from any groups except in slightly increased number of
    mummifications. The investigators associated mummifications to the
    endemic occurrence of pseudorabies and parvovirus infections in the
    area where the study was performed. The time interval betwen weaning
    to the next estrus were equal among the groups (De Keyser  et al.,
    1984)

    2.2.5  Special studies on embryotoxicity/teratogenicity

    2.2.5.1  Rats

         Groups of 20 young female Wistar rats were fed diet containing
    flubendazole at concentrations of 0, 2.5, 10 or 40 mg/100 g feed,
    equivalent to 0, 2.5, 10 or 40 mg/kg bw/day, from day 6 to day 15 of
    pregnancy. Parameters measuring body weight, food consumption,
    mortality and pregnancy were recorded. The animals were sacrificed
    on the 22nd day of pregnancy and the fetuses were delivered by
    caesarean section. The number of live, dead and resorbed fetuses was
    recorded, average body weight of pups was measured and the fetuses
    examined for abnormalities.

         During the study none of the animals died and food consumption
    and average body weight were comparable among the groups. The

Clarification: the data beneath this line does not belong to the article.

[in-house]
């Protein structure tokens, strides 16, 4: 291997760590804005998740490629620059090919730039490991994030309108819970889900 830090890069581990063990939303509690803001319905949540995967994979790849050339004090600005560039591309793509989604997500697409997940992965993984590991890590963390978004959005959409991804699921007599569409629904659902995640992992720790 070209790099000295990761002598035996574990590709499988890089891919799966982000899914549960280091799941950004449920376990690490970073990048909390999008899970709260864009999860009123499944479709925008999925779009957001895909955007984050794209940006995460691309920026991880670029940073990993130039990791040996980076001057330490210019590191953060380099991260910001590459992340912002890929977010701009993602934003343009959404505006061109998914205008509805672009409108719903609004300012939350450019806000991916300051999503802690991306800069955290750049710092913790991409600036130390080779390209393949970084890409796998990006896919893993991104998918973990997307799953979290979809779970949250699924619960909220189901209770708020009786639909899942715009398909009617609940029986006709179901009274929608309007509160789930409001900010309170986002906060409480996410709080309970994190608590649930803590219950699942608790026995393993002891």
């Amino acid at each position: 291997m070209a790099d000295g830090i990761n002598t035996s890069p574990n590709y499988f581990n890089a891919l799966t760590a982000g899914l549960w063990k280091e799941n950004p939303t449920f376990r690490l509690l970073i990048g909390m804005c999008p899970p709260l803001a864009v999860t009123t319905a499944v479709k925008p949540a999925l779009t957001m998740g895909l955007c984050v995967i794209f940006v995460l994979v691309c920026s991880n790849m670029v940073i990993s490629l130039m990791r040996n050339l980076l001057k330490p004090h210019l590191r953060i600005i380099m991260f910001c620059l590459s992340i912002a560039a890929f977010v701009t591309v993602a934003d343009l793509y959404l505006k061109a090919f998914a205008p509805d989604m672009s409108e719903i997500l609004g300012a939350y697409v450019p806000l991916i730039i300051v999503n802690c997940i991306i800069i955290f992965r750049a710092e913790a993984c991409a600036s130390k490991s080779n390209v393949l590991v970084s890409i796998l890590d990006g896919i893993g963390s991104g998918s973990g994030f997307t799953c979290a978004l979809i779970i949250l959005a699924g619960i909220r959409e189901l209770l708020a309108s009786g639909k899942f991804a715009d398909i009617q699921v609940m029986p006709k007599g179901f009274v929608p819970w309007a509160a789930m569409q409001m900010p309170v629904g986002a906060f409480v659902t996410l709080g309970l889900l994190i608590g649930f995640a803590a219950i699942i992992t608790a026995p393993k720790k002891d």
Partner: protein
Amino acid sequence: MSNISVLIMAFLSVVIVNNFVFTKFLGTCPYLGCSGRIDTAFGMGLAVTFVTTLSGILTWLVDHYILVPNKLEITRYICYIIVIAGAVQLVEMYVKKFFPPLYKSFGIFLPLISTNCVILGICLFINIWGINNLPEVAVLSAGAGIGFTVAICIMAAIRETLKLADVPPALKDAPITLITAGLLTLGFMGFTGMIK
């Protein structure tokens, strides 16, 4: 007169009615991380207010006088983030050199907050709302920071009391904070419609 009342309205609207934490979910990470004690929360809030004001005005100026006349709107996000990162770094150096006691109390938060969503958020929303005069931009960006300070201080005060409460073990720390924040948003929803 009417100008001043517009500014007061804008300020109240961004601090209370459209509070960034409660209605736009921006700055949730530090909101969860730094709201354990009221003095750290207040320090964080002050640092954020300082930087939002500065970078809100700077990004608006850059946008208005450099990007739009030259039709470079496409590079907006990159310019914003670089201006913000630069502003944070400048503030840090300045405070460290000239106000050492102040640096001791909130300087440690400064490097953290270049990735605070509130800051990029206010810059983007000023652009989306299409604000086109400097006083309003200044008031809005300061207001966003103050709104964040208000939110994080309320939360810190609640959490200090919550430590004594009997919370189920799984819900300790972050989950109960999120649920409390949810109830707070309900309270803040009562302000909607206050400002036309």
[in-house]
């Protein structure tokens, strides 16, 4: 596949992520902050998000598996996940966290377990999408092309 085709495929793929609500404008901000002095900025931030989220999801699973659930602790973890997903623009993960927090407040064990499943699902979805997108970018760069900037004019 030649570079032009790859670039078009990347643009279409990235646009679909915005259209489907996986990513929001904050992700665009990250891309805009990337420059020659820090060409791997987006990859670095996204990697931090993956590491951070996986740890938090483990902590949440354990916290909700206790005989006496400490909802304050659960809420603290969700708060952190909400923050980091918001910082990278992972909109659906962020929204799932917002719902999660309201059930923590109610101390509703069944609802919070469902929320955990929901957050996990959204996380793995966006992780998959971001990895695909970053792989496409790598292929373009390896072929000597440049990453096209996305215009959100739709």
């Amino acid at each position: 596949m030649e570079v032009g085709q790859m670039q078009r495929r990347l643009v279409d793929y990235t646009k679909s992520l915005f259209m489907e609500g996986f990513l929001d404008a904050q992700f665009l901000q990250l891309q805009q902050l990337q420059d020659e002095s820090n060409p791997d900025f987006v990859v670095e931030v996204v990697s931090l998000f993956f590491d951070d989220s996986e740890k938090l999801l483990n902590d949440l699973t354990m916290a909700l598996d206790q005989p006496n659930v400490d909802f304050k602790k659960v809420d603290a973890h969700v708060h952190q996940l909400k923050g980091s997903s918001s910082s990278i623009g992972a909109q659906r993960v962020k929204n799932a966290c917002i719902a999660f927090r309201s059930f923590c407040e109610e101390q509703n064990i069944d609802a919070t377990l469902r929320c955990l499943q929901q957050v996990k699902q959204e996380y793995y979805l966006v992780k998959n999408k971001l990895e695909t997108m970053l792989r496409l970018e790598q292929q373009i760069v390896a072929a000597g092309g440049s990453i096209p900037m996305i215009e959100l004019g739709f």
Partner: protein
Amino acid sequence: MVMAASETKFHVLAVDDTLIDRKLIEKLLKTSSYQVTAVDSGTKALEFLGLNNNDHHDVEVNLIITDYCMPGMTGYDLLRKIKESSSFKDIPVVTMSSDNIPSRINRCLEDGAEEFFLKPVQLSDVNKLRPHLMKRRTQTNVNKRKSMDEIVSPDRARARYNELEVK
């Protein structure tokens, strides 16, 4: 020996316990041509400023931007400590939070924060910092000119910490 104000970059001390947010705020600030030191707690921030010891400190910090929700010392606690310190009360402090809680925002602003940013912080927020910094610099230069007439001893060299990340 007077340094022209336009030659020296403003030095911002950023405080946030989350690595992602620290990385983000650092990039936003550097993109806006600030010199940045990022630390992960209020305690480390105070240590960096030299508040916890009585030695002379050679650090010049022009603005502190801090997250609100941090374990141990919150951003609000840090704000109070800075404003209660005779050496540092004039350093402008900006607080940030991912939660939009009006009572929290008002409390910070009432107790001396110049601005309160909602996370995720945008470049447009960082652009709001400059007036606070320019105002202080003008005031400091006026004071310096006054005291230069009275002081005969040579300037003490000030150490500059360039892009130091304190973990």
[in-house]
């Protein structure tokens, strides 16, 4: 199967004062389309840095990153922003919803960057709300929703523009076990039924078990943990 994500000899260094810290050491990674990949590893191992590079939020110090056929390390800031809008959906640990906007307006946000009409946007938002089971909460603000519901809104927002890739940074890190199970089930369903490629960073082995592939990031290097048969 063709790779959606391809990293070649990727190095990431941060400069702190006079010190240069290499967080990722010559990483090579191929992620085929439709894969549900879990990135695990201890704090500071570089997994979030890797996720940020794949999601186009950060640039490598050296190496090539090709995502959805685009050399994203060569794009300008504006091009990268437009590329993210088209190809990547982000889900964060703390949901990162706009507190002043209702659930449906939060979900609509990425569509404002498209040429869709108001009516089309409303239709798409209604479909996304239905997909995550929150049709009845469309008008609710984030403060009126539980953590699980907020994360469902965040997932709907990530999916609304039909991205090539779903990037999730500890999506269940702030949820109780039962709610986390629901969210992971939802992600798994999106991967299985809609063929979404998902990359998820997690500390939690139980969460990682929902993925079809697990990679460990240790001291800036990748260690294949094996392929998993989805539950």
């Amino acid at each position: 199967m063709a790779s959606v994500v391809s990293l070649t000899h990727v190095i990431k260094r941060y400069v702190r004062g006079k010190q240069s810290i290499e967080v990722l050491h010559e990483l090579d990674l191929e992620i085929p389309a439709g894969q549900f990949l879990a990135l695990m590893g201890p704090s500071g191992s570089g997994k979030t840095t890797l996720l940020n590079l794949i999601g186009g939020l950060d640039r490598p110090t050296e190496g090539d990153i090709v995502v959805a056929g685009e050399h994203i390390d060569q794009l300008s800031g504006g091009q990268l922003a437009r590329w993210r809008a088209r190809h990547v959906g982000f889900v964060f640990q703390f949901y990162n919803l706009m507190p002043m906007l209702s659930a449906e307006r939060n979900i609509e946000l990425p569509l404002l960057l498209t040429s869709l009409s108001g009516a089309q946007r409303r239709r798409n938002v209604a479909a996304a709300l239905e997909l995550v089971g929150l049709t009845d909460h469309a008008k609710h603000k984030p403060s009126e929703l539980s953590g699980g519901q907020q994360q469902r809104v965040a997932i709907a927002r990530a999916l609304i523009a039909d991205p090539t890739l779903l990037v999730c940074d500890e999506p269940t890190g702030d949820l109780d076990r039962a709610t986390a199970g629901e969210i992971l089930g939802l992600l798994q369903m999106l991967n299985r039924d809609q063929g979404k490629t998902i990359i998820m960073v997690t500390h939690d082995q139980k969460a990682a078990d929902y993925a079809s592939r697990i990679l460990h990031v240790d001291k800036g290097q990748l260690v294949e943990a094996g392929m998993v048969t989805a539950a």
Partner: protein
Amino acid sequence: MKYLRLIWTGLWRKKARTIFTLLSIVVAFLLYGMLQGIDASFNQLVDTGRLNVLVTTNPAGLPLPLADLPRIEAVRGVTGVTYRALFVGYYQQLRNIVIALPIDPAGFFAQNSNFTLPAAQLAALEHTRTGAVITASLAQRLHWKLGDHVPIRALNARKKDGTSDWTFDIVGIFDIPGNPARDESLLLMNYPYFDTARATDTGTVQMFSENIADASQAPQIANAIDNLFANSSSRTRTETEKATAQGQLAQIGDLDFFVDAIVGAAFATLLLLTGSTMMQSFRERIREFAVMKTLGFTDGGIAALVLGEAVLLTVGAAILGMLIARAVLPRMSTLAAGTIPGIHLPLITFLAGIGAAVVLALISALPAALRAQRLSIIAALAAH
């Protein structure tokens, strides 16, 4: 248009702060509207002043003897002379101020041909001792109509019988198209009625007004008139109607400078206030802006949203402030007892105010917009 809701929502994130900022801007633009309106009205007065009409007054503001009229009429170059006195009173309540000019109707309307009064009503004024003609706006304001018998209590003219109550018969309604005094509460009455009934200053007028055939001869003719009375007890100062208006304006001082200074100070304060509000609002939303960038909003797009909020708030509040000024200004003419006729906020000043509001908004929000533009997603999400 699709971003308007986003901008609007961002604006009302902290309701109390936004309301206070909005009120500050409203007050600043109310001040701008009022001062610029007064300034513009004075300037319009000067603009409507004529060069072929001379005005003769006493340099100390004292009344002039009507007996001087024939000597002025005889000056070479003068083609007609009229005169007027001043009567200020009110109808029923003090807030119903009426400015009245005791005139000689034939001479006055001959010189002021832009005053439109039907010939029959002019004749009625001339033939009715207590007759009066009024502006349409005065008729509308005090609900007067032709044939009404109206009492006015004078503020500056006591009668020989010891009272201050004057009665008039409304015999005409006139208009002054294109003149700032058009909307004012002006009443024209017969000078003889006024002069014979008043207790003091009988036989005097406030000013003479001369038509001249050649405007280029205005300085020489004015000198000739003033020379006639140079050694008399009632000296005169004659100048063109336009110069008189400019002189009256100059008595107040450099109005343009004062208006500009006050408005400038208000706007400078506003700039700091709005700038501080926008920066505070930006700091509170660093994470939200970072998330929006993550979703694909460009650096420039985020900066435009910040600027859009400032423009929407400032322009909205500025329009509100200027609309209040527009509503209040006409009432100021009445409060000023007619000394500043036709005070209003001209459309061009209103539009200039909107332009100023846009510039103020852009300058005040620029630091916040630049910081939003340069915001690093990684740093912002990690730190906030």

percentage of pregnancies in all treated groups was 95% and in the
    control group 90%. All the fetal parameters studied were comparable
    among the treated and control groups. The absence of metacarpal and
    metatarsal bones was noticed in only one fetus from the highest dose
    group. The NOEL in this study was 40 mg/kg bw/day (Marsboom, 1974).

         In a separate study, four groups of 20 female Wistar rats each
    were treated with flubendazole in the diet at concentrations of 0,
    2.5, 10 or 40 mg/100 g feed, equivalent to 0, 2.5, 10 or 40 mg/kg
    bw/day. The study design and parameters studied were the same as
    described in the previous study. There were no changes in any of the
    parameters studied. The NOEL was 40 mg/kg bw/day (Marsboom, 1975b).

         A third study (same experimental design) was carried out in
    order to confirm the results of the previous studies. The test